Updated August 3, 2010. Oil has been leaking into the Gulf of Mexico since the BP Deepwater Horizon caught fire on April 20th, 2010, exploded, and sank. The subsequent oil loss is threatening the health of the Gulf and coastal ecosystems in the region. Since April 23rd, NOAA’s Satellite Analysis Branch has been using data from a variety of high resolution visible and synthetic aperture radar satellites from NOAA’s partners in Earth observations to document the latest extent of the surface oil.
Satellite data used in this daily analysis includes NASA's Aqua and Terra MODIS, Canadian Space Agency's RADARSAT-1 and -2 SAR, Italian Space Agency’s COSMO-SkyMed, German Aerospace Centre’s TerraSAR-X, JAXA's ALOS, Satellite Imaging Corporation's SPOT-5, multispectral imagery from The Disaster Monitoring Constellation, and European Space Agency's ENVISAT SAR.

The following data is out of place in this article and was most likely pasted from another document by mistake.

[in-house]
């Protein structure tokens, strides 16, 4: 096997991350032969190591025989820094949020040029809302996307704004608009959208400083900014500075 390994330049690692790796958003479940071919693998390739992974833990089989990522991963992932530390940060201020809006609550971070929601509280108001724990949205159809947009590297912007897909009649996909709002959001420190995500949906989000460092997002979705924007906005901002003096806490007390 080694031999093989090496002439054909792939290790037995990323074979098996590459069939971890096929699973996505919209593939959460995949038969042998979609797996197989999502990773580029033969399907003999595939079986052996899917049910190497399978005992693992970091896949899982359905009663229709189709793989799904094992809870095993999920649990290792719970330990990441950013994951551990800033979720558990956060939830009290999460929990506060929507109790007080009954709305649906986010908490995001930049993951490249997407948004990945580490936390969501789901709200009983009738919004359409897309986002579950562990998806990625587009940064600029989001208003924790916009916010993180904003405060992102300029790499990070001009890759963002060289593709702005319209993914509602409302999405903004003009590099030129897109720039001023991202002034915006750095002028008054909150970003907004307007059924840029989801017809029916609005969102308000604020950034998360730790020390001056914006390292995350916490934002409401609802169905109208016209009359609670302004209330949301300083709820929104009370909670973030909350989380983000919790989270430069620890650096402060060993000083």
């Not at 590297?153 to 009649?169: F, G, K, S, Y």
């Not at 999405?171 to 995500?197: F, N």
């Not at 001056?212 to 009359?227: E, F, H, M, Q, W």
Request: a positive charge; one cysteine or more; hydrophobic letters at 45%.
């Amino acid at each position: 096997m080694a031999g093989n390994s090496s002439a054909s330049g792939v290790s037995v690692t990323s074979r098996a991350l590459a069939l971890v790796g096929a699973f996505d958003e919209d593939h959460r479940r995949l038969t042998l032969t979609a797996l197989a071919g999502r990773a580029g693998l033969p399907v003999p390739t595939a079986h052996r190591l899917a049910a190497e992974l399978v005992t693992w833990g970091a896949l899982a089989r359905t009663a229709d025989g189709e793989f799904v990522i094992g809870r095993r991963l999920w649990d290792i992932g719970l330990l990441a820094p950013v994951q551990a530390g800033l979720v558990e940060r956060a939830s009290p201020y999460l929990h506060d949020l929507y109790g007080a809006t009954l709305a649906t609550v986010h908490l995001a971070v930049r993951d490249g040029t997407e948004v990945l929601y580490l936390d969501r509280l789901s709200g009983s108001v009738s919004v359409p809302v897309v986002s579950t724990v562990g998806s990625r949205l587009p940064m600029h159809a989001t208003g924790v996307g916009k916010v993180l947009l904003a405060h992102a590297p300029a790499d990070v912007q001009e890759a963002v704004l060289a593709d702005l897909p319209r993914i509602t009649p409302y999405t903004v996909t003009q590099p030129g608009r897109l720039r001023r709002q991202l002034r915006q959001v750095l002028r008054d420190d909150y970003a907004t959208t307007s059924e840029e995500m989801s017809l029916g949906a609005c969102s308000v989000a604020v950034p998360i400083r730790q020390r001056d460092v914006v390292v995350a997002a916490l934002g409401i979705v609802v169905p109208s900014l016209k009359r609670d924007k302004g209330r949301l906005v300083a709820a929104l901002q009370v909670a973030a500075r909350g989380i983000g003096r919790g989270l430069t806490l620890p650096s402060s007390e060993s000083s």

This animation shows the daily change in the satellite analysis of surface oil extents. It should be noted that the observed extents may in some cases not reflect the actual extents due to the difficulty in identifying oil slicks from space. For instance, medium resolution visible images are taken using sunglint data, whereby the sun’s angle creates a glare off the surface of the ocean. If the glare is not wide enough, not all of the plume will be seen. Oil-like sheens from algal blooms also complicate the matter. Very high resolution visible and synthetic aperture radar satellites also have very narrow swath coverage, so a large plume or patches of oil may extend past the bounds of the sensor’s detection area. For all of these reasons, the analysts at NOAA’s Satellite Analysis Branch must use all of the data available to generate a composite over a 24 hour period. Some days, not enough data is available to generate an accurate extent estimate, so those dates are missing from this time series. In addition, these extents show only the surface oil, not the subsurface plumes.